Through the eyes of a teenage volunteer

I had my first experience helping out with Arts in the Alley this April. In a weekend, we painted a large mural in Jackson Ward. Over just 48 hours, a rundown wall in an unkempt spot was turned into a bright and pretty work of art.

I showed up late Saturday morning and was immediately put to work setting up scaffolding. While working I was able to chat with some of the other volunteers: all friendly, interesting, and passionate people. I almost felt out of place being there for community service hours. We worked hard, but it was fun, putting together and moving all the scaffolding up, while others chipped old paint off the wall. Climbing up high was fun, and I was engrossed in my chipping when I unfortunately had to go.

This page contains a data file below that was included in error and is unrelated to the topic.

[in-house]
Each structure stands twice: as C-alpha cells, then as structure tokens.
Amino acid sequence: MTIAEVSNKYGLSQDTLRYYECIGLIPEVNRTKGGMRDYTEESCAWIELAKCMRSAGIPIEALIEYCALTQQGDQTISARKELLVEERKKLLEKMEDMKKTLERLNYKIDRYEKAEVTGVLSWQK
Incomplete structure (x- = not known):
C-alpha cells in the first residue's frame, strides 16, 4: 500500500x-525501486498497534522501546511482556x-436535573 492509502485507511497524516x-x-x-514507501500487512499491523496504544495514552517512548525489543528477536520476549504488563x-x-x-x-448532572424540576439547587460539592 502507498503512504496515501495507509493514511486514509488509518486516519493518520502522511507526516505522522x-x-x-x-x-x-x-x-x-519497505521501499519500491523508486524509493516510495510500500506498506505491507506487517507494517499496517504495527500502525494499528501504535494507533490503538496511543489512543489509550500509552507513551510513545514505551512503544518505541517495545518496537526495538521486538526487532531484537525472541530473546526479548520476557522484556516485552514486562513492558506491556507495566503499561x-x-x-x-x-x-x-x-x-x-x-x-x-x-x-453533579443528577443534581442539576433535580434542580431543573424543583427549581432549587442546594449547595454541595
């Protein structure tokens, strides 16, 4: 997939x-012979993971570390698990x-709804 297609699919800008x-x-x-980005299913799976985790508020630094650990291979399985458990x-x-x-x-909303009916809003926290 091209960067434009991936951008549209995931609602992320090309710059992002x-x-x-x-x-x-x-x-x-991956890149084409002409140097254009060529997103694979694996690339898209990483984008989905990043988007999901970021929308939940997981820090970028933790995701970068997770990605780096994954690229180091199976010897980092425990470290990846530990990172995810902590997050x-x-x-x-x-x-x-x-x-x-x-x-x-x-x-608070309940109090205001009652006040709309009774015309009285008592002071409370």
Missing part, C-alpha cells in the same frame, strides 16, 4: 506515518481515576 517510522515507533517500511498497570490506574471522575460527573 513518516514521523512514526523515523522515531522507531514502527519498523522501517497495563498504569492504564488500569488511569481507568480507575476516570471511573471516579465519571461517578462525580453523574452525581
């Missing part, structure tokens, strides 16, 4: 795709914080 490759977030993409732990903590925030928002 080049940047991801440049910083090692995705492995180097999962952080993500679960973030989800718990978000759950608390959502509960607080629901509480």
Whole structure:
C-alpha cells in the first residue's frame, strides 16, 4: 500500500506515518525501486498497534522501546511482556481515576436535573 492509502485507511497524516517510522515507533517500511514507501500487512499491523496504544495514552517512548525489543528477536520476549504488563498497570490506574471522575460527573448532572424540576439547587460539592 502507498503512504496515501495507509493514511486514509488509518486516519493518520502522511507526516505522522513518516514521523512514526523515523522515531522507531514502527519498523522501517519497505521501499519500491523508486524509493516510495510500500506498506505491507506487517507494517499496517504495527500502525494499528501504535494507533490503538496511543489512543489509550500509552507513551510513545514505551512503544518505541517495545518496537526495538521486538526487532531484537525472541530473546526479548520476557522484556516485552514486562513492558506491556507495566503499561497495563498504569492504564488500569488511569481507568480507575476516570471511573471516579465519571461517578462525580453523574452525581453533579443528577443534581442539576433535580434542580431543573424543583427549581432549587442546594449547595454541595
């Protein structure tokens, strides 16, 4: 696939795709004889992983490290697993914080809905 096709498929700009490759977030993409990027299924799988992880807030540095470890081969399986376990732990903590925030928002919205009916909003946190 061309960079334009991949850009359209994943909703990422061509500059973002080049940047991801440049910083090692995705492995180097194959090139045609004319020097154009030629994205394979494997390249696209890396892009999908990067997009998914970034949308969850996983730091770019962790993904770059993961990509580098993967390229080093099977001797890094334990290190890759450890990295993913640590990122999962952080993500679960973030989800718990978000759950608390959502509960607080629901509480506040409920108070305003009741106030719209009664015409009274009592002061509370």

The following day I returned to see a good amount of the wall painted. Right away I grabbed a bucket and clambered up the scaffolding. I painted all over the wall, outlining the dancing figures in bright hues of blue, yellow, and green. Though painting a large wall with a relatively tiny brush sounds tedious, it was quite fun, due in no small part to the group effort and enthusiasm. To see a project coming together so wonderfully was truly incredible. After painting the big mural, I went to roll paint over another, smaller mural around the corner: a wonderful rendition of some jazz musician, paying homage to Jackson Ward’s rich musical history. The work was hard, and the sun was hot; however, it couldn’t have been more worth it.

Though I came for no reason other than to log mandatory community service hours, I came away with pride and a sense of accomplishment. Just two days of work totally changed the look and mood, and a previously somewhat bleak block was transformed into a bright, happy feeling spot. Everytime I drive by I feel this pride, and I believe that the subconscious psychological effect of beauty, aesthetics, and art is stronger than most would think.

Ches Goodall

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